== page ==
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3.3. Thermogra6imetry-mass spectrometry The TGA-MS experiment has been conducted with a HNS HBD sample at a heating rate of 3°C min − 1. CO and NO were the main reaction products with by-products being CO2 and H2O. NO2 and H2 could not be detected. The NO production coincided with the exothermic decomposition, while the CO2, CO and especially the H2O trace exhibited long tails to higher temperatures. This supports the interpretation of the last reaction step being a carbonization of the primary solid product.

3.4. Simultaneous thermal analysis STA experiments have been performed with HNS HBD. The results of thermogravimetric experiments with heating rates of 0.05, 0.2, 0.4, 2.5, 5, 10, 15, 20 and 40°C min − 1 for a constant sample mass of 5 mg are shown in Fig. 4. The figure displays a distinctive separation between experiments with low (0.05; 0.2; 0.4°C min − 1) and high (2.5, 5, 10, 15, 20, 40°C min − 1) heating rates regarding the curve form as well as the attained final mass. This behaviour becomes clear by looking at the STA results as they are given in Figs. 5–7 for heating rates of 40, 2.5 and 0.4°C min − 1. At a heating rate of 40°C min − 1, the melting peak is well

Fig. 4. Thermogravimetric analysis of HNS HBD, i= 0.05, 0.2, 0.4, 2.5, 5, 10, 15, 20 and 40°C min − 1.


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Fig. 5. STA results for HNS HBD, i= 40°C min − 1, ( from TGA, from DTA).

separated from the reaction peak and the sample melts completely before significant mass loss occurs. By lowering the heating rate, the reaction peak approaches the melting peak. At a heating rate of 2.5°C min − 1, the melting peak is still observable and the vast majority of the sample reacts in the molten state. At a heating rate of 0.4°C min − 1 (or less), the melting peak disappears and the sample reacts completely in the solid state before the melting temperature is reached. Inspection of the crucible contents after the experiments confirmed the fact that the reactions took place in solid respectively liquid phase. The residues from samples exposed to low heating rates retained the initial spherical shape and diameter of the virgin material, whereas the residues from samples decomposed at high heating rates formed an even layer at the bottom of the crucible. In Figs. 8 and 9, SEM pictures of virgin HNS HBD and of HNS HBD after decomposition at a linear heating rate of 0.4°C min − 1 are shown. Throughout the solid phase reaction, the spherical HNS HBD particles keep their shape and diameter. The porosity increases whilst the bulk density decreases. All experiments seem to entail multi reaction processes. The curves for low heating rates are characterized by a slow mass loss at low temperatures that is gradually accelerated with rising temperature as a fast exothermic reaction overtakes control. This is followed by a slow reaction over a broad temperature range, most probably a secondary pyrolysis of solid reaction products. The curves for high heating rates show almost no mass loss at temperatures below the melting point.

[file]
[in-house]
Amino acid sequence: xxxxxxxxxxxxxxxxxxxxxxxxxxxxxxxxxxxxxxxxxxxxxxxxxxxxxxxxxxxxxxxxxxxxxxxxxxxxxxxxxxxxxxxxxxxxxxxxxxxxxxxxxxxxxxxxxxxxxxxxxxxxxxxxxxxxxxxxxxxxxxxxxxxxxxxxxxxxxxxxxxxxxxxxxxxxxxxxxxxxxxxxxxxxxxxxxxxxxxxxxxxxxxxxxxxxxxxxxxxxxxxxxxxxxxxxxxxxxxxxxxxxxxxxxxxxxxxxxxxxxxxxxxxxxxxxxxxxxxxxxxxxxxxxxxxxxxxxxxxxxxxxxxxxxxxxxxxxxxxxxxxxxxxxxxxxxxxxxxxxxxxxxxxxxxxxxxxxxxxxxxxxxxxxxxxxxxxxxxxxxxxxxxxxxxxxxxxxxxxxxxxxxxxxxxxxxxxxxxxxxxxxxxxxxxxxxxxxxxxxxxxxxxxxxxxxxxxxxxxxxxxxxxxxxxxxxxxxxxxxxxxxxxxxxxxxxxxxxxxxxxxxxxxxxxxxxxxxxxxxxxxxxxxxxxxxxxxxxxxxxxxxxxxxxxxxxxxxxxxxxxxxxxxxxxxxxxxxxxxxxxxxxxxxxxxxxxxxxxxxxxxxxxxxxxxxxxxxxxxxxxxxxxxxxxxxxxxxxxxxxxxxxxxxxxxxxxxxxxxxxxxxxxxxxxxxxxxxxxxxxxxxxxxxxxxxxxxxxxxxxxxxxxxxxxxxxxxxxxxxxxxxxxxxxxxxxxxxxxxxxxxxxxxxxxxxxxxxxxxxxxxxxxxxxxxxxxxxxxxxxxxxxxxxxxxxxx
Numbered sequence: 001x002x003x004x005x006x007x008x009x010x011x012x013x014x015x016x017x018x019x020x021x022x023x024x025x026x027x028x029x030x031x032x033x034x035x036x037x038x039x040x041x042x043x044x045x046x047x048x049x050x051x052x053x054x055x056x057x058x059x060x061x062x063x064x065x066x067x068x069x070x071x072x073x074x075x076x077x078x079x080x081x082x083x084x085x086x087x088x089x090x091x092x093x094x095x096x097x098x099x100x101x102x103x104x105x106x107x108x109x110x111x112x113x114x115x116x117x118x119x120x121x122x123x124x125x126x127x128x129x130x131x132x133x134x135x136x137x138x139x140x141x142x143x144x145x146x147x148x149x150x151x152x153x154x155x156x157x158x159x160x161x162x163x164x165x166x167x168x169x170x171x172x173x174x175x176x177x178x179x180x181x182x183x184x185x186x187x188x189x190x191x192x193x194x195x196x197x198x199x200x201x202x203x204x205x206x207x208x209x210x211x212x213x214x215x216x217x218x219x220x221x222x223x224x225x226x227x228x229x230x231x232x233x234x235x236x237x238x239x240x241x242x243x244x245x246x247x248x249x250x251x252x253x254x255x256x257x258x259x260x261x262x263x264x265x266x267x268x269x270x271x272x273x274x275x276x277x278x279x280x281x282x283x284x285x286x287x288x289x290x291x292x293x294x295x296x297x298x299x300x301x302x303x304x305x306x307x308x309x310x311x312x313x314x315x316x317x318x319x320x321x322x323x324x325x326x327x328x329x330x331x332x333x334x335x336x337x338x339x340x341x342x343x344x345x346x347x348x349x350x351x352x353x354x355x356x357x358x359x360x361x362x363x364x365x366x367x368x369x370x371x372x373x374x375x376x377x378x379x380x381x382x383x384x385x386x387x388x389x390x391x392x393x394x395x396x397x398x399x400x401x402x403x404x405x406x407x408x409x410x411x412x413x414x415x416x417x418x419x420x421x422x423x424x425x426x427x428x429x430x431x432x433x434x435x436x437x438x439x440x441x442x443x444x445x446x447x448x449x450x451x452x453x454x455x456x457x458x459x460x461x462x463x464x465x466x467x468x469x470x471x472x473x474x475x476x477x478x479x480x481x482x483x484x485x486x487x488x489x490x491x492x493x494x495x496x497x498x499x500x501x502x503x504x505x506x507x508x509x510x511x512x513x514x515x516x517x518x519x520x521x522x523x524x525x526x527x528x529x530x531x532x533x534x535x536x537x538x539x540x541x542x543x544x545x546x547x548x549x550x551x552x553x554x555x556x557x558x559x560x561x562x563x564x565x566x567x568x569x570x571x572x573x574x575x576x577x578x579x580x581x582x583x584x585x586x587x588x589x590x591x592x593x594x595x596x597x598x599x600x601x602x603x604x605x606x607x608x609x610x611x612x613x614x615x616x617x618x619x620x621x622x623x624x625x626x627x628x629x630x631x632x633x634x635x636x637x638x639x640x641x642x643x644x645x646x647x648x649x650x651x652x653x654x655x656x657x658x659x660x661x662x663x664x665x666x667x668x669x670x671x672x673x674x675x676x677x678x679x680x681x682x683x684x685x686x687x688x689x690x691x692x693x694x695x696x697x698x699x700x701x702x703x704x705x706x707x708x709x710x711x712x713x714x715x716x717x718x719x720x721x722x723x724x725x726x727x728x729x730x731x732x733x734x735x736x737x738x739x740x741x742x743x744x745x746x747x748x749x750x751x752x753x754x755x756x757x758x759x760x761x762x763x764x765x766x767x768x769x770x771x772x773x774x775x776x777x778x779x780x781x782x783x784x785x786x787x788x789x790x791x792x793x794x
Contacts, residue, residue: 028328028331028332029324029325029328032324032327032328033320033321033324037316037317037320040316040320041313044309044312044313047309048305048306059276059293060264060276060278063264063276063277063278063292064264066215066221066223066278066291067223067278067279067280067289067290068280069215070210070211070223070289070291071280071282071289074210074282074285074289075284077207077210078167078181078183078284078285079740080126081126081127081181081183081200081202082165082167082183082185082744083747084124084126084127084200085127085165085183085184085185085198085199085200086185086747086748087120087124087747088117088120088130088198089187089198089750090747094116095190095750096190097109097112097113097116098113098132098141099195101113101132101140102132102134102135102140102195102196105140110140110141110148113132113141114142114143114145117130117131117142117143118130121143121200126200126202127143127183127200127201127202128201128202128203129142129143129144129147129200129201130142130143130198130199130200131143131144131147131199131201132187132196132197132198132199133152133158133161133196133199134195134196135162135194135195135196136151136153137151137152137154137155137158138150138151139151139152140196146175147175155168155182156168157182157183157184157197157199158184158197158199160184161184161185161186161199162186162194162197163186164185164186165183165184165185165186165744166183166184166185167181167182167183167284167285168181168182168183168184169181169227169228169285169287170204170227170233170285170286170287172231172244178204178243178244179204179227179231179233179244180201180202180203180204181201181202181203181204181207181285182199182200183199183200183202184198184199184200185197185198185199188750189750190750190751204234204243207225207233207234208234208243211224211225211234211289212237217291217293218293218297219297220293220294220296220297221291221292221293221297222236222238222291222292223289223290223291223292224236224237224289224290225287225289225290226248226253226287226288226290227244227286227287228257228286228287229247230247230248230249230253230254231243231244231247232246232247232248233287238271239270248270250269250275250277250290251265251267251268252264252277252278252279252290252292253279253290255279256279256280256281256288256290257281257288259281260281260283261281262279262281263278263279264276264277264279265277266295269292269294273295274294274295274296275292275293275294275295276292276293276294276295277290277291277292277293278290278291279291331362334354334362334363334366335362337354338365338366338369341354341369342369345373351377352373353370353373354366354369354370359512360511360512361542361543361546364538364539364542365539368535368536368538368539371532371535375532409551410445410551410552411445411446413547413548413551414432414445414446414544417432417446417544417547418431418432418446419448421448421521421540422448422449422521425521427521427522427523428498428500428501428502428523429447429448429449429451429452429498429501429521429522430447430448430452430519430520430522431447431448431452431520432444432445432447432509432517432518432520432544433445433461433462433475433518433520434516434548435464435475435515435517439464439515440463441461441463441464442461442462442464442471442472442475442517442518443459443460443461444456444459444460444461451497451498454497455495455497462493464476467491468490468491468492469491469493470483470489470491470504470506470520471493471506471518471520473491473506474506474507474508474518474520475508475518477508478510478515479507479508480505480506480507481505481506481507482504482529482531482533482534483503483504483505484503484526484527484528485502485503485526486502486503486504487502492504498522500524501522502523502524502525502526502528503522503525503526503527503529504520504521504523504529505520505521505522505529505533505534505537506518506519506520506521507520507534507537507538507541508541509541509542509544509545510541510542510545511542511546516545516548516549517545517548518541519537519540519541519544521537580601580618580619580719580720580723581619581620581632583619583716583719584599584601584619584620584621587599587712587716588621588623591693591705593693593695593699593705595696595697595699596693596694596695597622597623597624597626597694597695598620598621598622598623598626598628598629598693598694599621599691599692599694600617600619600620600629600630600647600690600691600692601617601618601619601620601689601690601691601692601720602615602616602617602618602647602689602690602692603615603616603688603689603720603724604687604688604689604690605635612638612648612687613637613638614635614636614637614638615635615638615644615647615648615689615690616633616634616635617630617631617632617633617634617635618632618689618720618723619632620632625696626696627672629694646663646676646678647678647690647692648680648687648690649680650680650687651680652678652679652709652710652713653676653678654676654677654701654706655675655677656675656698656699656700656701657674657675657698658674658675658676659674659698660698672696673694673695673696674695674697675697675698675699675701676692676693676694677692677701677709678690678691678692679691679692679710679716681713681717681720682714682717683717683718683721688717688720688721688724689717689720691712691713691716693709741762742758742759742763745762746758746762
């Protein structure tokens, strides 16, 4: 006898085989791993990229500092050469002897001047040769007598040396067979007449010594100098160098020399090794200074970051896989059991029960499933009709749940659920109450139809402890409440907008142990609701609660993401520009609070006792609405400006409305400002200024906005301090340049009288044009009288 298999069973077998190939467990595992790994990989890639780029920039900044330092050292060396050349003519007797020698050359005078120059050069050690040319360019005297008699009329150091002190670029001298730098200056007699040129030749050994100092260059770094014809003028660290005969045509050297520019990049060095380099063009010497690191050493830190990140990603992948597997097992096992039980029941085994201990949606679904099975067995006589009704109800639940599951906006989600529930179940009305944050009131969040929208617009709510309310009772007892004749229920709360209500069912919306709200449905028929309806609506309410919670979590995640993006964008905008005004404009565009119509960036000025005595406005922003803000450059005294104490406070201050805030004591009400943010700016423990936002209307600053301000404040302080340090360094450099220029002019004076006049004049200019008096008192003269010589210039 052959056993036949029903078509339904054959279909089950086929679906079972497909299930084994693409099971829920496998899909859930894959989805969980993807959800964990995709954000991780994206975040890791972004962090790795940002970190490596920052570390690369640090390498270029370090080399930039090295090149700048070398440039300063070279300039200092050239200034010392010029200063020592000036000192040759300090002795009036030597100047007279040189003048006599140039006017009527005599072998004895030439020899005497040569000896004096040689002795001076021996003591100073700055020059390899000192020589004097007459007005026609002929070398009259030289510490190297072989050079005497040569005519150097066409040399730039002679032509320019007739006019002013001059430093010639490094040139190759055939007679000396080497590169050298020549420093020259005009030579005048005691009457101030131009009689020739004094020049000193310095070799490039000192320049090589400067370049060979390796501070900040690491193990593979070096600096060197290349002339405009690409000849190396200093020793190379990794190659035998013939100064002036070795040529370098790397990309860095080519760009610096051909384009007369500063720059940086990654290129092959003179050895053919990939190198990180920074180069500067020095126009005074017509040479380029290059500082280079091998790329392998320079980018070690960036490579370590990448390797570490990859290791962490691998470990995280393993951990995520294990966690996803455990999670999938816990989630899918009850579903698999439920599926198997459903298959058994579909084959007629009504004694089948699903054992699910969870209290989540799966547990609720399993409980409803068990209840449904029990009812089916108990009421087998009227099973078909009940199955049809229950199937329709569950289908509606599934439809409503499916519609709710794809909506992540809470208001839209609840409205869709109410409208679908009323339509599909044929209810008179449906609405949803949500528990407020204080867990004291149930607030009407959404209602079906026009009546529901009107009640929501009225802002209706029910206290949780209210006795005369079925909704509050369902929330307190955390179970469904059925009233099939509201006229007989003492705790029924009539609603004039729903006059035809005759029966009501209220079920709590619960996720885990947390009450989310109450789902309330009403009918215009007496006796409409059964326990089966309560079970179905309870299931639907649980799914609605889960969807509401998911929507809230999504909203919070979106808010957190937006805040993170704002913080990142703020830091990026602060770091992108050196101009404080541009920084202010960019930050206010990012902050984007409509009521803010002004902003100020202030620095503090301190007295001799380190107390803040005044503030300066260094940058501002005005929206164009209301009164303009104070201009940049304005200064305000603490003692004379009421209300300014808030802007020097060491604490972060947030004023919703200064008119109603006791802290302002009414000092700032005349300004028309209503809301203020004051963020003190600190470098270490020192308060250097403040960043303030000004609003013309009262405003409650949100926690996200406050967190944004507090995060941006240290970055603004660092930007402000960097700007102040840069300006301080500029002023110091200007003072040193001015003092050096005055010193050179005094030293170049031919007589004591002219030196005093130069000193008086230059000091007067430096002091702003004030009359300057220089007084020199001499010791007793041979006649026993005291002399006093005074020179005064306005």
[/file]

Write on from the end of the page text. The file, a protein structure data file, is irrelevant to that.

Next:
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The fast decomposition of the molten samples takes place via at least two reactions with different heat release and is also followed by a slow reaction, comparable to the last reaction of the solid state process.

3.5. Kinetic models For the prediction of thermal stability of HNS at low temperatures, a formal kinetic model has been derived for the decomposition in solid phase. For this model, experiments with i =0.05, 0.2 and 0.4°C min − 1 have been considered. The model describes the total mass loss of the samples and was calculated using the thermogravimetric results from STA. The advantages of using the mass signal for kinetic modelling compared to the heat flow rate signal lie in its higher validity and resolution and its accessibility over a broad range of experimental conditions. Furthermore, the mass signal is directly proportional to the extent of reaction, even if the process contains endothermic and exothermic steps simultaneously. To minimize the effect of heat and mass transfer on the developed kinetic models, results from experiments with an initial sample mass of 5 mg have been used for the calculations, which was the best compromise regarding base line stability during long time experiments and resolution of the STA. The model free Friedman analysis [10] was used to gain first insights into the reaction process. The Friedman analysis bases upon a supposed first order reaction

Fig. 6. STA results for HNS HBD, i =2.5°C min − 1, ( from TGA, from DTA).


T. Rieckmann et al. / J. Anal. Appl. Pyrolysis 58–59 (2001) 569–587